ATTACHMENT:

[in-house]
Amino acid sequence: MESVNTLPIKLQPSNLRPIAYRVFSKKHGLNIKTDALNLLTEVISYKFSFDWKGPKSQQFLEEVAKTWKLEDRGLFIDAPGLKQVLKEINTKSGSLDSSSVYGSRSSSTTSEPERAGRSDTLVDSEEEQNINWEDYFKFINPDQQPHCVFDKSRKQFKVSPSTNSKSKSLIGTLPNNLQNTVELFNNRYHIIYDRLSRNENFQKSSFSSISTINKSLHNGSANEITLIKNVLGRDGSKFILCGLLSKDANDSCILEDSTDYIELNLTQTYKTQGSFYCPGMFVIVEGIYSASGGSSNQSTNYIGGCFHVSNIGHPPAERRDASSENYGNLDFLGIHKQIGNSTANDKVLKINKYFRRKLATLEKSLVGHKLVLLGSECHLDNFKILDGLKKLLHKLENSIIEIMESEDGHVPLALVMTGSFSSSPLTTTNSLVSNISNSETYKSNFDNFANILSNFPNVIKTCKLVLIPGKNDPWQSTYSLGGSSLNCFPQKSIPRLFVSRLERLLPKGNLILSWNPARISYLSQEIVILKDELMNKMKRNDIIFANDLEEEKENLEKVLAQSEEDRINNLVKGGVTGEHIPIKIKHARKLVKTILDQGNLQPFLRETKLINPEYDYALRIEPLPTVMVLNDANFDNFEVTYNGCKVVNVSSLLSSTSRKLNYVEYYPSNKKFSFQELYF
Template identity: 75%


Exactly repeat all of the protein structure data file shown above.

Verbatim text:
[in-house]
Amino acid sequence: MESVNTLPIKLQPSNLRPIAYRVFSKKHGLNIKTDALNLLTEVISYKFSFDWKGPKSQQFLEEVAKTWKLEDRGLFIDAPGLKQVLKEINTKSGSLDSSSVYGSRSSSTTSEPERAGRSDTLVDSEEEQNINWEDYFKFINPDQQPHCVFDKSRKQFKVSPSTNSKSKSLIGTLPNNLQNTVELFNNRYHIIYDRLSRNENFQKSSFSSISTINKSLHNGSANEITLIKNVLGRDGSKFILCGLLSKDANDSCILEDSTDYIELNLTQTYKTQGSFYCPGMFVIVEGIYSASGGSSNQSTNYIGGCFHVSNIGHPPAERRDASSENYGNLDFLGIHKQIGNSTANDKVLKINKYFRRKLATLEKSLVGHKLVLLGSECHLDNFKILDGLKKLLHKLENSIIEIMESEDGHVPLALVMTGSFSSSPLTTTNSLVSNISNSETYKSNFDNFANILSNFPNVIKTCKLVLIPGKNDPWQSTYSLGGSSLNCFPQKSIPRLFVSRLERLLPKGNLILSWNPARISYLSQEIVILKDELMNKMKRNDIIFANDLEEEKENLEKVLAQSEEDRINNLVKGGVTGEHIPIKIKHARKLVKTILDQGNLQPFLRETKLINPEYDYALRIEPLPTVMVLNDANFDNFEVTYNGCKVVNVSSLLSSTSRKLNYVEYYPSNKKFSFQELYF
Template identity: 75%